Algernon Emory Smith
|Birthplace:||New York, Kings County, New York, United States|
|Cause of death:||killed at the Battle of the Little Bighorn|
|Place of Burial:||Fort Leavenworth National Cemetery Fort Leavenworth Leavenworth County Kansas|
|Managed by:||Private User|
About 1st Lt. Algernon Smith, 7th U.S. Cavalry
Algernon Emory Smith (September 17, 1842 – June 25, 1876) was an officer in the U.S. 7th Cavalry Regiment who was killed in the Battle of the Little Bighorn in the Montana Territory.
Smith was born in the state of New York, where he attended Hamilton College. In June 1862, during the American Civil War, he enlisted in Company K, U.S. 7th Infantry Regiment. He became a lieutenant in the 117th New York Volunteer Infantry Regiment until October 1863 when he assigned to Maj. Gen. Alfred Terry as an aide-de-camp. He was severely wounded at Fort Fisher in January 1865. He was later breveted to major for his actions in the war.
After the war, in 1867, Smith joined the U.S. 7th Cavalry Regiment under George Armstrong Custer. He soon became friends with Custer, and was part of the so-called "Custer Clan" or "Custer Gang" of close-knit friends and relatives of the general. Custer called him "Fresh" Smith, the opposite of "Salty" Smith. He married Nettie B. Bowen on October 10, 1867, at her home in Newport, New York.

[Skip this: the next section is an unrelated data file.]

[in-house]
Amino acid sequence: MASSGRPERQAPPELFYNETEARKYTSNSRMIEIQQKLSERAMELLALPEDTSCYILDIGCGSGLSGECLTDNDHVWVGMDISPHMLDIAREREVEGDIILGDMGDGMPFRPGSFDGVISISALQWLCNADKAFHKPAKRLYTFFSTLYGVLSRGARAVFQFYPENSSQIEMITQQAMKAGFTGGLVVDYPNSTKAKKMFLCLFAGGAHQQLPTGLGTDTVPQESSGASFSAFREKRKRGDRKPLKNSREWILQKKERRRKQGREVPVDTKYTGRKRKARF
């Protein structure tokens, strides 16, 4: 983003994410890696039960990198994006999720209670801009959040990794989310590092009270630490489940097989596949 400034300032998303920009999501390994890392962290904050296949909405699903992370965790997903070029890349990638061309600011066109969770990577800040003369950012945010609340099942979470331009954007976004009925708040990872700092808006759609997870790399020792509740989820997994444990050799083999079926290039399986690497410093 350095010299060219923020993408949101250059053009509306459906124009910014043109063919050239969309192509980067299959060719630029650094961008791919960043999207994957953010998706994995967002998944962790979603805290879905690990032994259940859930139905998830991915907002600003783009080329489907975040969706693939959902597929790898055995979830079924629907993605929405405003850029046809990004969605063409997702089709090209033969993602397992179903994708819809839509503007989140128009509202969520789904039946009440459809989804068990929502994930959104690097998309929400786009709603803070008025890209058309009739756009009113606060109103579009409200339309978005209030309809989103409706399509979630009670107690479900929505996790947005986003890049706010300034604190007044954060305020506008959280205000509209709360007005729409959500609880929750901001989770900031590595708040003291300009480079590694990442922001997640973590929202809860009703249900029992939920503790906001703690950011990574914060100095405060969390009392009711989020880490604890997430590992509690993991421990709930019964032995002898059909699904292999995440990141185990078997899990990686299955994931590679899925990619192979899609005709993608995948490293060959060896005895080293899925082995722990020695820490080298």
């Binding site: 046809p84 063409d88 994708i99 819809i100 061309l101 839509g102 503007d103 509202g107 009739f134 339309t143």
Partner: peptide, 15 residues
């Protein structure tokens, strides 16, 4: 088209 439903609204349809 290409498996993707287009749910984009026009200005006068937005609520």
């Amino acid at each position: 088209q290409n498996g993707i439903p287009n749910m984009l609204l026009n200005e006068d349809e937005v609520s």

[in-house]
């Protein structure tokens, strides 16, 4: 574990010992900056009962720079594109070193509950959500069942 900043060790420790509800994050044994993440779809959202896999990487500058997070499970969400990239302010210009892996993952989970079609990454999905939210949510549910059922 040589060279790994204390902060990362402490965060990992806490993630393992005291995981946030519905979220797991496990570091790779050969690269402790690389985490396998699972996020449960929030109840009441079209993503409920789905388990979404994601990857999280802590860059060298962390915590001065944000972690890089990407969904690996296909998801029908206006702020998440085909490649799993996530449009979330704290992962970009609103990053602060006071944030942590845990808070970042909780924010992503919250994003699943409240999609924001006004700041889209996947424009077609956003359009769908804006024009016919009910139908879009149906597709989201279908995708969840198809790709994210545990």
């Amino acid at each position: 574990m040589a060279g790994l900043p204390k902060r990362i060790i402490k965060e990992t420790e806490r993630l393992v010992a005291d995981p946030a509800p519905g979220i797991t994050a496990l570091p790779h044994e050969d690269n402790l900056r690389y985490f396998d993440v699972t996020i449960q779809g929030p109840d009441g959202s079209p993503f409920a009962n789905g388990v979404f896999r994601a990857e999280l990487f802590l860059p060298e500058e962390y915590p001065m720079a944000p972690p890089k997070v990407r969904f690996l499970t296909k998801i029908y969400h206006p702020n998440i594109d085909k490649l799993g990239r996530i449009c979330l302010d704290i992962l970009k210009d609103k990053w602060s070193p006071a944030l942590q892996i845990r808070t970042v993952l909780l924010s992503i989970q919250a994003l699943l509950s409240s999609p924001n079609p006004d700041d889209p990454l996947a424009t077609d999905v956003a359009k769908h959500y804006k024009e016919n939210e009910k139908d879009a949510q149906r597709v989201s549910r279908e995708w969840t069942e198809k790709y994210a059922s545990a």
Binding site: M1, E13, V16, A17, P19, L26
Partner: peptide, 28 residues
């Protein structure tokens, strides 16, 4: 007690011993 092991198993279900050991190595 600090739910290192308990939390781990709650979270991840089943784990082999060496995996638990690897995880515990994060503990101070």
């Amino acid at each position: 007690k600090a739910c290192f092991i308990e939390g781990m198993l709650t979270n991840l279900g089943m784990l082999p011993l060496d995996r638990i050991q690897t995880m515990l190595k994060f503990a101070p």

Smith served in the 1868 Washita Campaign, seeing his first action against the Native Americans. He was promoted to first lieutenant on December 5, 1868. He participated in most the 7th Cavalry's campaigns, including the 1873 Yellowstone campaign and as assistant quartermaster in the 1874 Black Hills expedition. Although the 1st lieutenant of Company A, Smith was named as assigned to command Company E, whose commander was at Fort Leavenworth, and was killed as a result in the Battle of the Little Bighorn.
His body was not found among his men, but instead was discovered with Custer in the small knot of dead troops on "Final Stand Hill." Smith was given a hasty burial on the battlefield. He was reinterred in 1877 in the Fort Leavenworth National Cemetery in Fort Leavenworth, Kansas.
His widow survived until 1903.